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Blog Category: Maine

U.S. Patent and Trademark Office Promotes Innovation in Maine

PTO Director David Kappos addresses the Penobscot Bay Regional Chamber of Commerce in Rockport, Maine

Innovation is thriving in Maine, and the U.S. Patent and Trademark Office (USPTO), the Department of Commerce, and the administration are working hard to further foster that environment, Under Secretary of Commerce and USPTO Director David Kappos told the Regional Chamber of Commerce of Penobscot Bay, Maine, on Tuesday.

From 2009 to 2010, the number of patent filings in the Portland, Maine, region nearly doubled, Kappos said. “We’re doing a lot to ensure that creative ideas and groundbreaking innovations, born right here in Maine, can flourish, and that the American innovation system is one that’s built to last.”

Barriers to innovation are being reduced, Kappos said, in part through the Startup America initiative, which includes investment funds, mentoring networks for entrepreneurs, tax breaks for small businesses, and the Department of Commerce’s i6 Green Challenge. That program rewards communities that develop and embrace cutting-edge ideas in green technology development and implementation.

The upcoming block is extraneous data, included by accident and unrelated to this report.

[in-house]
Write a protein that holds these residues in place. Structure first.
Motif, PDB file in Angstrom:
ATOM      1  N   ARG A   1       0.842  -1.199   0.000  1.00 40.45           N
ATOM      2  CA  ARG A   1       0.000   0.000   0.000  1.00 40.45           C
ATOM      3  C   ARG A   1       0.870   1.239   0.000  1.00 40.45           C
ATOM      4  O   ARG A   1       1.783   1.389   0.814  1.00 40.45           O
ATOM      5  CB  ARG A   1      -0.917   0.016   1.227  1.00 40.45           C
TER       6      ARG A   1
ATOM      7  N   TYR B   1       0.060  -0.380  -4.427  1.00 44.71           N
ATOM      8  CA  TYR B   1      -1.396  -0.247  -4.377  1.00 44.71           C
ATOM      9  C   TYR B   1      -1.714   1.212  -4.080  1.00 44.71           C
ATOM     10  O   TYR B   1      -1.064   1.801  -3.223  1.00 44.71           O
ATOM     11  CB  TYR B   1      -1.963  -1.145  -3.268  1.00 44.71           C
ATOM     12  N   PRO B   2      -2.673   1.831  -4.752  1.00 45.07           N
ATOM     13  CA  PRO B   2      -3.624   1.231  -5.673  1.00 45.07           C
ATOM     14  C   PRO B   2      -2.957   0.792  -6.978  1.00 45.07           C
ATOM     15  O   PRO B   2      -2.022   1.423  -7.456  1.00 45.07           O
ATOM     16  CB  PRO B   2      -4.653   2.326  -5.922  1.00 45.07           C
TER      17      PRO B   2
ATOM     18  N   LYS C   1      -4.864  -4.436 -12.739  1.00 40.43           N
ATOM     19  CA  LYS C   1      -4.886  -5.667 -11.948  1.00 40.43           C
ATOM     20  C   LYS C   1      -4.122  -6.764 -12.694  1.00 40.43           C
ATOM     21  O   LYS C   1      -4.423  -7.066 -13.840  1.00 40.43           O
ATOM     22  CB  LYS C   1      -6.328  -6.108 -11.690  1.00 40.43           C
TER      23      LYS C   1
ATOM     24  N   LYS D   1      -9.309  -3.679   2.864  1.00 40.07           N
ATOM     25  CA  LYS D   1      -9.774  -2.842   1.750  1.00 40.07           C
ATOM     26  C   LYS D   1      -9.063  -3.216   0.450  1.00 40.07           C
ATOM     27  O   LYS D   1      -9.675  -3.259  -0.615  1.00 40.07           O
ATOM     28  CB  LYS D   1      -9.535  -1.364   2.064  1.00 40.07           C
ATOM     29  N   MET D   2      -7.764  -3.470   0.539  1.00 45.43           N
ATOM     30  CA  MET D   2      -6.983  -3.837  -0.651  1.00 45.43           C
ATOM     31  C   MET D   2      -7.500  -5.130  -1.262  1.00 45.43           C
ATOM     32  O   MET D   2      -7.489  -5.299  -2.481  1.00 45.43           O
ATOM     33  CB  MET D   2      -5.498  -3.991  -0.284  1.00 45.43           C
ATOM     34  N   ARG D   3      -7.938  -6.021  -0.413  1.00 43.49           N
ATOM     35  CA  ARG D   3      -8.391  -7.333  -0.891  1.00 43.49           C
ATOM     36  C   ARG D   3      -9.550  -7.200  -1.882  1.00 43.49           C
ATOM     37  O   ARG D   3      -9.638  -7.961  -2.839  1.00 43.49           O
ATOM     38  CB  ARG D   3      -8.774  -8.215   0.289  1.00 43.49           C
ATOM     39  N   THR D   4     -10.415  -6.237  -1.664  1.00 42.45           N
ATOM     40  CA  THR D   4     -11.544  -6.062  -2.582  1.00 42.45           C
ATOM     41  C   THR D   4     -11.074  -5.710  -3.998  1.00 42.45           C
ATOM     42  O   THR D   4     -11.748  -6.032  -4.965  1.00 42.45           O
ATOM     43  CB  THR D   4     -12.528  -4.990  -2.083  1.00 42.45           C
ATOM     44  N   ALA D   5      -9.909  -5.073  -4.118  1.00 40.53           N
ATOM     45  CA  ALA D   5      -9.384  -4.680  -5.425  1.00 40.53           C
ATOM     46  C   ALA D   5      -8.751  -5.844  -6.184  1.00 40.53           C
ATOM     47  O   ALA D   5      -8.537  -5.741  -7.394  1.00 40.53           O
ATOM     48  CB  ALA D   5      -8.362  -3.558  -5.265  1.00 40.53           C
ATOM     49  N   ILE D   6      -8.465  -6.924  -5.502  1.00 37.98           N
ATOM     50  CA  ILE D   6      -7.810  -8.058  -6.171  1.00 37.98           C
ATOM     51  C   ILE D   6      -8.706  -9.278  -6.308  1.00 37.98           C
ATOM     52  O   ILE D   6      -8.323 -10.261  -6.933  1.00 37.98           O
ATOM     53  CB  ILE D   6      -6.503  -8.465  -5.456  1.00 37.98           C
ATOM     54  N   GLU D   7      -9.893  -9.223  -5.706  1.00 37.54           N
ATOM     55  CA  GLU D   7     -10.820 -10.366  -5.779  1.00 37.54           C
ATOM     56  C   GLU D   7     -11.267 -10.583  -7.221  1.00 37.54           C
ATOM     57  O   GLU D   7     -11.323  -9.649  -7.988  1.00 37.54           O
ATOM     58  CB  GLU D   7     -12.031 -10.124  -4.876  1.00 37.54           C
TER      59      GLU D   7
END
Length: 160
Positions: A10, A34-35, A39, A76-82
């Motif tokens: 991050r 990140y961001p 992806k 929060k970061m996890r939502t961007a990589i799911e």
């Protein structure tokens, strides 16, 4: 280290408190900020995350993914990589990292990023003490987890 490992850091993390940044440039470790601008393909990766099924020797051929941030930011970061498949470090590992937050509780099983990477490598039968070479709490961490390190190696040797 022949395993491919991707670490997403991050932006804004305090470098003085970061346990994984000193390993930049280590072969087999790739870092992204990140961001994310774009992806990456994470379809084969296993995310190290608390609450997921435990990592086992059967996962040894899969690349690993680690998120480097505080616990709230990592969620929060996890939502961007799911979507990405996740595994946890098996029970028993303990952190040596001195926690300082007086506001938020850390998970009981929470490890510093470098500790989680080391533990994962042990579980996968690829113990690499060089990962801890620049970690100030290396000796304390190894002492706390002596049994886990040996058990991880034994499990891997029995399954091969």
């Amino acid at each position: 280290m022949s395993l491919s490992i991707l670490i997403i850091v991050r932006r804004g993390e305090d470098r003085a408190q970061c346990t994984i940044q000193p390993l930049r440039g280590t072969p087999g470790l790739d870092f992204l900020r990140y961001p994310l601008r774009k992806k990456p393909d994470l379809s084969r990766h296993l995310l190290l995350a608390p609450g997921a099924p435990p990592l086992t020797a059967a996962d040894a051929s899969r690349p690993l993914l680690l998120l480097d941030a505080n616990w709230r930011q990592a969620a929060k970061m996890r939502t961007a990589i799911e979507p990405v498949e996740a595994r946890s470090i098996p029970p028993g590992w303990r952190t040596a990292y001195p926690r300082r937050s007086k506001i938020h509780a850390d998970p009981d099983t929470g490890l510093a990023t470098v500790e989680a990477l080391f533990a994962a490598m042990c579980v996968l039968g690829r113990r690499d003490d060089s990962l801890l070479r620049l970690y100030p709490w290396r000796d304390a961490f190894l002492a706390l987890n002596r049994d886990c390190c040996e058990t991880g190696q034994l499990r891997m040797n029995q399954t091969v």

Kappos also highlighted promoting insourcing of U.S. jobs through robust protections of our intellectual property abroad.

Secretary Locke Announces $25.4 Million Investment to Increase Broadband Access to Maine, Vice President Announces $183 Million in 17 States

Recovery Act logo

Commerce Secretary Gary Locke delivered remarks at the University of Maine announcing a $25.4 million American Recovery and Reinvestment Act grant to help bring high-speed Internet access to underserved communities across the state. The project, and the private investments it will enable, has the potential to connect one-fifth of all Maine households to a high-speed, 21st century Internet backbone. Earlier in the day in Georgia, Vice President Joe Biden also announced an initial $183 million to expand broadband access in 17 states. (More) (Remarks) (VP Biden release)

NOAA Report Explains Sea Level Anomaly this Summer Along U.S. Atlantic Coast

Tide and Currents logo. Click to go to NOAA Center for Operational Oceanographic Products and Services Web site.

Persistent winds and a weakened current in the Mid-Atlantic contributed to higher than normal sea levels along the Eastern Seaboard in June and July, according to a new technical report from Commerce’s National Oceanic and Atmospheric Administration (NOAA). After observing water levels six inches to two feet higher than originally predicted, NOAA scientists began analyzing data from select tide stations and buoys from Maine to Florida and found that a weakening of the Florida Current Transport—an oceanic current that feeds into the Gulf Stream—in addition to steady and persistent Northeast winds, contributed to this anomaly. (More)